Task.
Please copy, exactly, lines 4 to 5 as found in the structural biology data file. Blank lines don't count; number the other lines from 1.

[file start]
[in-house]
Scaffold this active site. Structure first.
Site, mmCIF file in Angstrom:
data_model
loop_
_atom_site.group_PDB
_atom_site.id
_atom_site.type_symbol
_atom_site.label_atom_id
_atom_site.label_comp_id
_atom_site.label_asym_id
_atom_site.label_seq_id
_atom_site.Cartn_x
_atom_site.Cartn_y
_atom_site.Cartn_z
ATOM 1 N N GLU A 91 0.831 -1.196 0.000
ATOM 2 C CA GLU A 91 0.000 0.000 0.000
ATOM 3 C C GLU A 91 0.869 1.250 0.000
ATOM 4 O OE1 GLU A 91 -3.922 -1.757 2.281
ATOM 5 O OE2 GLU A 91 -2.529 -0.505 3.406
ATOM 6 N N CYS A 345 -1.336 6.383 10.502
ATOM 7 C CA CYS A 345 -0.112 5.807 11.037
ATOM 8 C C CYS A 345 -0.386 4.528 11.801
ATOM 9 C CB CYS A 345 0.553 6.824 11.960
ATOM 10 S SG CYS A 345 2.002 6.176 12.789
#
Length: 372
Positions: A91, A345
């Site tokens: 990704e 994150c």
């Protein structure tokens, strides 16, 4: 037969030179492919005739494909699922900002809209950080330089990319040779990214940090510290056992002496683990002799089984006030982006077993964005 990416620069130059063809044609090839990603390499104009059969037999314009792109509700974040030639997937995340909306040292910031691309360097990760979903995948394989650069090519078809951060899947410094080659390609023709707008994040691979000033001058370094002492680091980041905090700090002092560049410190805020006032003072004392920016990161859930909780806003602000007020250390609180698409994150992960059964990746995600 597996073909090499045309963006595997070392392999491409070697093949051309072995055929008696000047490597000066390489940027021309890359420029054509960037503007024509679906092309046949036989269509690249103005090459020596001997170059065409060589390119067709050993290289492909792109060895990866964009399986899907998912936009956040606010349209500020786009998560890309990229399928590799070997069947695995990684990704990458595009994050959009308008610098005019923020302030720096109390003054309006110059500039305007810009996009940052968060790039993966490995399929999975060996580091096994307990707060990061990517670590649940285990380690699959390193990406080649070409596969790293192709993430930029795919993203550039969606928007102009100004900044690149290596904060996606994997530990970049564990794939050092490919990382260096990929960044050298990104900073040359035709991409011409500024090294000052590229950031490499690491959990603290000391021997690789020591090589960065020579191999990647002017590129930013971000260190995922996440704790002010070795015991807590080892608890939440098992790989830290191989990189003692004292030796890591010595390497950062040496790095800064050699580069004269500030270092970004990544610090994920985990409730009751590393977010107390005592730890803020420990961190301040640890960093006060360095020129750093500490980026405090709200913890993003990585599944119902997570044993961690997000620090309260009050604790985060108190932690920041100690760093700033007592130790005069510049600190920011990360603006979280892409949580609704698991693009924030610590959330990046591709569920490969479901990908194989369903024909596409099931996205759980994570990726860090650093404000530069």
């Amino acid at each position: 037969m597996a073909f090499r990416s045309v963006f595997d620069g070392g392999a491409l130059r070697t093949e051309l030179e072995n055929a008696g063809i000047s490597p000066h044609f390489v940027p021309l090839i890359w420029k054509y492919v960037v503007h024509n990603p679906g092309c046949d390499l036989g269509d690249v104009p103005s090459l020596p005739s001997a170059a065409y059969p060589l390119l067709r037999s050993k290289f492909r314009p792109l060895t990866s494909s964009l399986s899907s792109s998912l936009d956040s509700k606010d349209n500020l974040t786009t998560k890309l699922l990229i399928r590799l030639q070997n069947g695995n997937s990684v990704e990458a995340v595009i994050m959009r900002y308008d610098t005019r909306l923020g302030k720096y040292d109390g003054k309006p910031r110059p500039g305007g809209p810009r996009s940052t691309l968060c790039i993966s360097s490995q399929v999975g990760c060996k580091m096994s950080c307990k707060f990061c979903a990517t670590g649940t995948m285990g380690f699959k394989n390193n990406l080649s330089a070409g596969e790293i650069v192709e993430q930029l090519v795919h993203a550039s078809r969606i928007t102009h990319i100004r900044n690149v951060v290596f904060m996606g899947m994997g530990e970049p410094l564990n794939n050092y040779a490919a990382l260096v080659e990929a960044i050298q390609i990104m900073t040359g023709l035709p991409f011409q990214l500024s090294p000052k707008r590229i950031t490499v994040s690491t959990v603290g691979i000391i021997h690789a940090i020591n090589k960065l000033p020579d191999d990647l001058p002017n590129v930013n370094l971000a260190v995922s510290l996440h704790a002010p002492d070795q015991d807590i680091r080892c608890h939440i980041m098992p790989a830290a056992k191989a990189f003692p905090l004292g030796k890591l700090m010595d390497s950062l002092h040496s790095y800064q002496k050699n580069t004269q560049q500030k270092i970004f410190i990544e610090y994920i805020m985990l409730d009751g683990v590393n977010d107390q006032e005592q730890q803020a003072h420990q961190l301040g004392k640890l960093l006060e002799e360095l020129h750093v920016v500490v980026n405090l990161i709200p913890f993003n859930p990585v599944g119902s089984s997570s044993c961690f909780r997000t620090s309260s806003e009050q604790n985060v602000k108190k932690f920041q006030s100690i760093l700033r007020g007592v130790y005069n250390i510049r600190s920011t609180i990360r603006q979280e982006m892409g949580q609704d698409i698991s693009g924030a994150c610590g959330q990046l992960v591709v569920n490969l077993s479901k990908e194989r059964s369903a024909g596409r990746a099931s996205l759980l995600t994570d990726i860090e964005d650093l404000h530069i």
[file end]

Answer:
data_model
loop_